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Peter Norvig mentions in Paradigms of Artificial Intelligence Programming, on page 50, the trade off between specificity and consistency and when choosing to use setq or setf to update a variable to a value. What do you recommend? Have you ever run into a situation where it mattered much beyond readability?

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6 Answers 6

up vote 10 down vote accepted

Using setq is more low-level, but the performance of setf is not a problem. And setf allows you (or library writers) to provide custom setf behavior, like setting parts of custom data structures. I say: go with setf everywhere unless you have a reason not to.

Also see Practical Common Lisp, chapter 3: "The SETF macro is Common Lisp's main assignment operator." PCL is available online for free: http://gigamonkeys.com/book/

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You can use setf wherever you could use setq. In fact, setf is actually a macro which builds on setq. So, this should be purely a readability and style issue.

Almost all the code I've seen avoids the use of setq and uses setf.

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FWIW, I always use setf. If I change the structure of my code slightly, I just need to change the "place" instead of the place and the operator (setq -> setf).

Also, don't worry about performance, setf is exactly the same as setq for symbols:

CL-USER> (macroexpand '(setf foo 42))
(SETQ FOO 42)
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I recommend you follow Norvig's final advice in that section: be consistent. 'Readability' is of course the most important reason to make any choice in programming. If it is important to communicate to the reader (perhaps you in 2 months' time) that you are dealing with the entire value cell of a symbol, then use setq; otherwise use setf. But only if you're being consistent.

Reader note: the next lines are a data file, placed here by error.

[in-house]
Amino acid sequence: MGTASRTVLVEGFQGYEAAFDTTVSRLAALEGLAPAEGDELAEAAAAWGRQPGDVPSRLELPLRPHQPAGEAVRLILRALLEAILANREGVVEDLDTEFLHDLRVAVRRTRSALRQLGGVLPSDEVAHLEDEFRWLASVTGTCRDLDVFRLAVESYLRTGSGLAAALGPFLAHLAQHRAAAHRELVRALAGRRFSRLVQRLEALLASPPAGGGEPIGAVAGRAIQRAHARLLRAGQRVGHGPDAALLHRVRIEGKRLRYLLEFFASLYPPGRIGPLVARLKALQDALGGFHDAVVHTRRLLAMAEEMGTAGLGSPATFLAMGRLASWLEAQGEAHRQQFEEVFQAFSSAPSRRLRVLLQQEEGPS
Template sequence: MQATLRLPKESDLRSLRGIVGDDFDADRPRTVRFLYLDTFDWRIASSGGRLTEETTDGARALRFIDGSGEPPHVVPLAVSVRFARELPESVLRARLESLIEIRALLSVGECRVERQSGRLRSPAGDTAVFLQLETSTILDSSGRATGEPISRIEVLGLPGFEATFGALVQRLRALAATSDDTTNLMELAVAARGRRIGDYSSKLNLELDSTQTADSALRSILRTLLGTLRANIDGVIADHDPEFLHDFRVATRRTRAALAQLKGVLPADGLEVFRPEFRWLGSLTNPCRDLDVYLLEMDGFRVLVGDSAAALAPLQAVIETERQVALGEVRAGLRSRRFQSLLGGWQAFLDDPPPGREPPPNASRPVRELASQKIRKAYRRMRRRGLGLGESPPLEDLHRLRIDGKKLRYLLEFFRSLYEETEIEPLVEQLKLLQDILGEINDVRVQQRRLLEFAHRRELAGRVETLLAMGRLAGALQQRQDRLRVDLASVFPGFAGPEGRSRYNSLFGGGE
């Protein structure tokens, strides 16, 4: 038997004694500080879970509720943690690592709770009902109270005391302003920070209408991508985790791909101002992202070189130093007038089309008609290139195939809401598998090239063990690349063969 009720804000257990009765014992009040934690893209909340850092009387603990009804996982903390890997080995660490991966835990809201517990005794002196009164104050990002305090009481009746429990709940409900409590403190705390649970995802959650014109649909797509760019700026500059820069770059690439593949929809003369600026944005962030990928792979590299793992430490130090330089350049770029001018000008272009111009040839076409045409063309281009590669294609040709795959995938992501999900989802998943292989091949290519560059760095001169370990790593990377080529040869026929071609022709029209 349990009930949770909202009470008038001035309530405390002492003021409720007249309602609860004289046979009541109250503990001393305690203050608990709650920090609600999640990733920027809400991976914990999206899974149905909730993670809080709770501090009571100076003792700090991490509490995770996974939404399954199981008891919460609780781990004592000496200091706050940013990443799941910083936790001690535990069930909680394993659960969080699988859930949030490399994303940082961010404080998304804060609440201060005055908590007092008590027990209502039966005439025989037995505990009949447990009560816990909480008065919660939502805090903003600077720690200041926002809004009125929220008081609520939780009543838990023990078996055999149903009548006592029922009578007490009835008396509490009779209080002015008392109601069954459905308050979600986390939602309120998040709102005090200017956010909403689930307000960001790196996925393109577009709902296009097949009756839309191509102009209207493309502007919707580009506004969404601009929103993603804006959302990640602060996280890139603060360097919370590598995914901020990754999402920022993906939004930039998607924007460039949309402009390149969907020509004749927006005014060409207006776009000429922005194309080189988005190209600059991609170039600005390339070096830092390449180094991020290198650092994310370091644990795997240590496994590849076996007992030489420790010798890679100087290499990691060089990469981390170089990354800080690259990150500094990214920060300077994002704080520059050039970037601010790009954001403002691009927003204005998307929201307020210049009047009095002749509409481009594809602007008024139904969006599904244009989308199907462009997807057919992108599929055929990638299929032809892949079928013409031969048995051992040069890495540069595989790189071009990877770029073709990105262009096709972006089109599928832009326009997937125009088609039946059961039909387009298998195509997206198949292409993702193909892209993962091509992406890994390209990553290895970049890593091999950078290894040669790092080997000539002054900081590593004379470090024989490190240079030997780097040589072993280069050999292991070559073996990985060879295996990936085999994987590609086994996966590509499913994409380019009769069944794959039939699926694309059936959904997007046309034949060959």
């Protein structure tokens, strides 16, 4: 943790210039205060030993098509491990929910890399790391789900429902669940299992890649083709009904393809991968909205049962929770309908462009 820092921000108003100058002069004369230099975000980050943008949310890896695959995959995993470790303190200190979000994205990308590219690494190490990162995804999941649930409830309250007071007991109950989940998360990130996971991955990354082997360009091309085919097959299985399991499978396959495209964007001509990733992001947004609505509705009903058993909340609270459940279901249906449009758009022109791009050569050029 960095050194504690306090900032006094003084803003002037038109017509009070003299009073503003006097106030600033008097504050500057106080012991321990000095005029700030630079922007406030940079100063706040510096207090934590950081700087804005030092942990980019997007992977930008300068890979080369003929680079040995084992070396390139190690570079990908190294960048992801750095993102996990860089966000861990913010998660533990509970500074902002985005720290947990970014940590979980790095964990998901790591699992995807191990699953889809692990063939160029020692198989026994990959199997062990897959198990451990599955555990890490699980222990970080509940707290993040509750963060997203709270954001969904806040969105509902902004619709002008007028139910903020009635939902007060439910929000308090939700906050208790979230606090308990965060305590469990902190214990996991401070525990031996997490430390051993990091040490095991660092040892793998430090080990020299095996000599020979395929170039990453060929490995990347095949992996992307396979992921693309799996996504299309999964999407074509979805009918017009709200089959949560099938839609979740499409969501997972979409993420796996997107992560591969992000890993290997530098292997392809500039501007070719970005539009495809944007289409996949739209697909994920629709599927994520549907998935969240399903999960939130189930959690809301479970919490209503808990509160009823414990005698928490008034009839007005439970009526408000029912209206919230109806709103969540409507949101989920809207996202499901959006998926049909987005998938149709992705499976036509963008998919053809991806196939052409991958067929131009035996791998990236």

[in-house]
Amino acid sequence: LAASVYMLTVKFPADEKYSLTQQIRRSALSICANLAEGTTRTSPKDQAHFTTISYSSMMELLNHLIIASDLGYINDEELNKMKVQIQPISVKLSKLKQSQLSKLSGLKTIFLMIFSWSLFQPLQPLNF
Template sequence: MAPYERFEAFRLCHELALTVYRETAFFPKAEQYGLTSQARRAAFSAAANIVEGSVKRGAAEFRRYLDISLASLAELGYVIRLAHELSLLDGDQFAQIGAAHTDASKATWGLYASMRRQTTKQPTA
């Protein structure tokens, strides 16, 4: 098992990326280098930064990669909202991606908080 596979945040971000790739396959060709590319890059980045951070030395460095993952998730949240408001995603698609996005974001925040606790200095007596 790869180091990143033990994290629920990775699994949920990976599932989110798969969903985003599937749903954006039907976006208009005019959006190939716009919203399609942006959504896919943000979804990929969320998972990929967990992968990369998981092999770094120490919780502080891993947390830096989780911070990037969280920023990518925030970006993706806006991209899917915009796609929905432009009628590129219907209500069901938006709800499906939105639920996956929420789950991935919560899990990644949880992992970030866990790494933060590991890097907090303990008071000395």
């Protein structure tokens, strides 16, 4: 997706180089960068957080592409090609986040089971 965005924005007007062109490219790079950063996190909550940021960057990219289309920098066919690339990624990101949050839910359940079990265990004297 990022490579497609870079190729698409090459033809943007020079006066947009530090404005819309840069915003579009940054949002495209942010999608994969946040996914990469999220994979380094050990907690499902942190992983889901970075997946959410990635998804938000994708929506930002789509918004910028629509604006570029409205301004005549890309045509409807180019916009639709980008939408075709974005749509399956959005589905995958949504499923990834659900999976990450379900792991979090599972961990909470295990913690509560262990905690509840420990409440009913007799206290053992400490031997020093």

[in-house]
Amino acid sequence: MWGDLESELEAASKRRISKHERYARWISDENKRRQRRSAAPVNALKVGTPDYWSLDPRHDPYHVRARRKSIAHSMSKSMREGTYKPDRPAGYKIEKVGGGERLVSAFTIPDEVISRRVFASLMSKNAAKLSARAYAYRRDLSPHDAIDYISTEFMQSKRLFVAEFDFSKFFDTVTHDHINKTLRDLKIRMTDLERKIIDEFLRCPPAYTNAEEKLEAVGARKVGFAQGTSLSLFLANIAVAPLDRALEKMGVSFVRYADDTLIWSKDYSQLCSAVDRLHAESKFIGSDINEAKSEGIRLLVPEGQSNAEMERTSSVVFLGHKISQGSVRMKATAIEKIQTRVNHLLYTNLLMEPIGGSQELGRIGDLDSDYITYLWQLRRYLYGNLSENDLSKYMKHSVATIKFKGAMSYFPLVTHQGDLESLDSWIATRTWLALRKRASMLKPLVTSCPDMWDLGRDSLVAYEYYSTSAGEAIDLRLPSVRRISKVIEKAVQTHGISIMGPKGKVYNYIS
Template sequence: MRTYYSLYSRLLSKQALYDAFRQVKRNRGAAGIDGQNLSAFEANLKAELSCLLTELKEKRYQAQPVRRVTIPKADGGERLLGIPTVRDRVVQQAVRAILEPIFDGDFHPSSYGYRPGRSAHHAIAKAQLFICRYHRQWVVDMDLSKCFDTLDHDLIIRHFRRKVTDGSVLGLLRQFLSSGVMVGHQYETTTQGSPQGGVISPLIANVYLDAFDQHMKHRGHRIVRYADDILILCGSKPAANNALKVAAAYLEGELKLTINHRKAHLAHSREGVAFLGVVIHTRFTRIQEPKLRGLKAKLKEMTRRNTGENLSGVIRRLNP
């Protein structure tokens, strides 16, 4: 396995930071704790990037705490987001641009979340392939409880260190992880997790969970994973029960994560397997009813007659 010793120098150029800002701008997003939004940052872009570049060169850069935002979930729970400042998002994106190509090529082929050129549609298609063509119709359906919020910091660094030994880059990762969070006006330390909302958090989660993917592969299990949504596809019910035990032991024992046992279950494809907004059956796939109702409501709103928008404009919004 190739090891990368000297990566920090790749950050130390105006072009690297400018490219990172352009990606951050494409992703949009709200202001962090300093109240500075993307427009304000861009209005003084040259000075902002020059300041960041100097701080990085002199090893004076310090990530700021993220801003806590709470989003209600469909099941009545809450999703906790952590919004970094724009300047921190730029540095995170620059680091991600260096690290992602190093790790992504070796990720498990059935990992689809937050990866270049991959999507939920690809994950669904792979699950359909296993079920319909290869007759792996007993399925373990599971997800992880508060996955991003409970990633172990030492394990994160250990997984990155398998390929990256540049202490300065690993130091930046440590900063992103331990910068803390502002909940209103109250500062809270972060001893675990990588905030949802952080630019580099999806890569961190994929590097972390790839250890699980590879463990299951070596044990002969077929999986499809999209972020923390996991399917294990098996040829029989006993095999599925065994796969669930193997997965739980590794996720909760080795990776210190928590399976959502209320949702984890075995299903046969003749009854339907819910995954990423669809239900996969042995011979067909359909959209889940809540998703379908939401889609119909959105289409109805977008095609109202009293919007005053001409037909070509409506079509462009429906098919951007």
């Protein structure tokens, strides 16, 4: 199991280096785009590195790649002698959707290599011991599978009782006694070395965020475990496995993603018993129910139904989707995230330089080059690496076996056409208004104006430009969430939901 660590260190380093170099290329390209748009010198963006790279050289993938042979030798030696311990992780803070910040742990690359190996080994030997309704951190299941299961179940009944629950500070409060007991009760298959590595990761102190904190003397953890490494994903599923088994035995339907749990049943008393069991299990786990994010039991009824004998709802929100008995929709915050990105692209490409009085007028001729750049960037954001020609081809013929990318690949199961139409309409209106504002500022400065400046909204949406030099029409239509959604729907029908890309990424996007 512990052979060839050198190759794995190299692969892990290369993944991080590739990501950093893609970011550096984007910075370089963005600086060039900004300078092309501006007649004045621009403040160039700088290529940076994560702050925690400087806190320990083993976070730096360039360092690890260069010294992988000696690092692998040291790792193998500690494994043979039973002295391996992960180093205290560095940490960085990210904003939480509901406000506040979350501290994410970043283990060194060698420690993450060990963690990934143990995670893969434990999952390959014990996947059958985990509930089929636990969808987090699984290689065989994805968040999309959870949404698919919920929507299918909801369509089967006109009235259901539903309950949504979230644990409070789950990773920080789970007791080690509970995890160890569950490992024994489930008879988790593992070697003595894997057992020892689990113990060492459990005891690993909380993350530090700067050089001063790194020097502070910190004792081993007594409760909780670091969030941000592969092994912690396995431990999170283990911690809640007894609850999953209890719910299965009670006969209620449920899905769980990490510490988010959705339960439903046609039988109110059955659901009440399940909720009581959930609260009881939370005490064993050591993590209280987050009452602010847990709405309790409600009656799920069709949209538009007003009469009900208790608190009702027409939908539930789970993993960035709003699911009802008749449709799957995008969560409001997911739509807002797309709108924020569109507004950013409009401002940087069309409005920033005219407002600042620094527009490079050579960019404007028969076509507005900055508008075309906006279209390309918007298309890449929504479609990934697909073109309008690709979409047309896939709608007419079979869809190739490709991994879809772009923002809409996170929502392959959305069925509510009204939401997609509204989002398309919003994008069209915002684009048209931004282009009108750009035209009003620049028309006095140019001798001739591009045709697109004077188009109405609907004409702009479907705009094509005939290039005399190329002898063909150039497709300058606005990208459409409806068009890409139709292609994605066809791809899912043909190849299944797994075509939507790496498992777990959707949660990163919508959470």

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setf is "set field", it changes a place and can have user extensions. setq is set with quoting first argument.

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You will not be wrong if you used setf everywhere instead of setq.

It's the things like this that drags Common Lisp from going forward, lots of unused stuff that implementors still need to support.

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2  
I object to the second sentence. SETF is a convenient abstraction over several assignment constructs, one of which is SETQ. You cannot implement SETF without having SETQ. –  Svante Jun 12 '09 at 16:54
    
2Svante: but it's hard to imagine situations where you'd need to use setq instead of setf. –  Anton Kazennikov Jun 13 '09 at 20:44
4  
That's not the point -- no one uses TAGBODY and GO in high level code, either, but the implementations of many common constructs depend on them. –  Svante Jun 14 '09 at 1:43

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